With every project that includes plastic components, you will need to answer the question, “Should I machine or mold this part?”
The two major factors needed to reach your conclusion are quantity of parts and level of dimensional tolerance. As a general rule, you should consider plastic machining when lower volumes are needed or tighter tolerances on the dimensions are needed – or both.
Quantity of parts is significant because of the tool cost of a molded part. If you are injection molding your part, the molding tool will typically cost several thousand dollars and tooling for complex parts can cost hundreds of thousands of dollars. Tool costs can make injection molding unfeasible for a low volume run.
Quantities between 100 and 1,000 – on some parts even up to 5,000 – are usually good candidates for conventional or milled plastic machining. Screw machining of plastics can be practical and cost effective from 500 pieces all the way up to 100,000 pieces or more.
Tolerance is a factor because plastic machined parts can typically be produced at a tighter tolerance than molded parts. Each plastic material behaves differently, but you can generally achieve tolerances +/- .005” for molded parts. Plastic machined parts can be produced +/- .001” or better depending on the material and design. This is why critically precise industries – like instrumentation, medical equipment, aerospace, fluid power, telecommunications, and many others – have turned to plastic machining for component needs.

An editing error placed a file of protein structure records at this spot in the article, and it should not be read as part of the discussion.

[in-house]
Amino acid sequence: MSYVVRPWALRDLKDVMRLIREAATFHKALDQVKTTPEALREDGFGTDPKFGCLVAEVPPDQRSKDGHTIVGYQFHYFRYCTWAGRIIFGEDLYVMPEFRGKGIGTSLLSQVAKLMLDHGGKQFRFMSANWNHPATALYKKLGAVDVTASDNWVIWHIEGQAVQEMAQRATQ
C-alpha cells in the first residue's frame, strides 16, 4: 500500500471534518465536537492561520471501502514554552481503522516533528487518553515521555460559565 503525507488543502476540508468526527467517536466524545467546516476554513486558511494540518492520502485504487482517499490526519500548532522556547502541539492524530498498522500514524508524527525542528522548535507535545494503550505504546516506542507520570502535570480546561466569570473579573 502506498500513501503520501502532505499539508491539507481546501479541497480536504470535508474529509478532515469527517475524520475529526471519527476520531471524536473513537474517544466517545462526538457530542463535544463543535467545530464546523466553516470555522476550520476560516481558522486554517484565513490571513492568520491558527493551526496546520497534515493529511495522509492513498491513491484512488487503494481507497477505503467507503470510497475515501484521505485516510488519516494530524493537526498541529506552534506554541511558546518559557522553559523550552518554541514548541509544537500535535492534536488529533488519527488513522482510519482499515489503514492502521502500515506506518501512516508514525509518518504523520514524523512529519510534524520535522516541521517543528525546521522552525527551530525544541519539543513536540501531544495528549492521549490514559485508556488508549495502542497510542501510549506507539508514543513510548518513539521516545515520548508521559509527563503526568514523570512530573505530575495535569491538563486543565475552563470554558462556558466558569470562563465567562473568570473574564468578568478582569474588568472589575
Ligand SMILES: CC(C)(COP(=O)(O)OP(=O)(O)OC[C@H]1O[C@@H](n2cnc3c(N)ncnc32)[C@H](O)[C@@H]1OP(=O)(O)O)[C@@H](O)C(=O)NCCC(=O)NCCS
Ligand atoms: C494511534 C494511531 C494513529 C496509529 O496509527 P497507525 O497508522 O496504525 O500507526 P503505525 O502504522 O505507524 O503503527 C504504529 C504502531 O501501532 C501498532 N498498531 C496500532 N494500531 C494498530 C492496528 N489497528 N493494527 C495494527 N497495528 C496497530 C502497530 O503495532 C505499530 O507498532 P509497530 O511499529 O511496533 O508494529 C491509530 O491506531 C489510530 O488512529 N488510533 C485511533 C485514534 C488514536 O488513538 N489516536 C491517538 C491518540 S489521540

One last advantage to plastic machining is flexibility of design. Once an injection mold has been produced, it can create only that design and any modification to the design requires expensive changes in the mold. Design changes to custom plastic machined parts are immediate and have virtually no impact on tooling costs.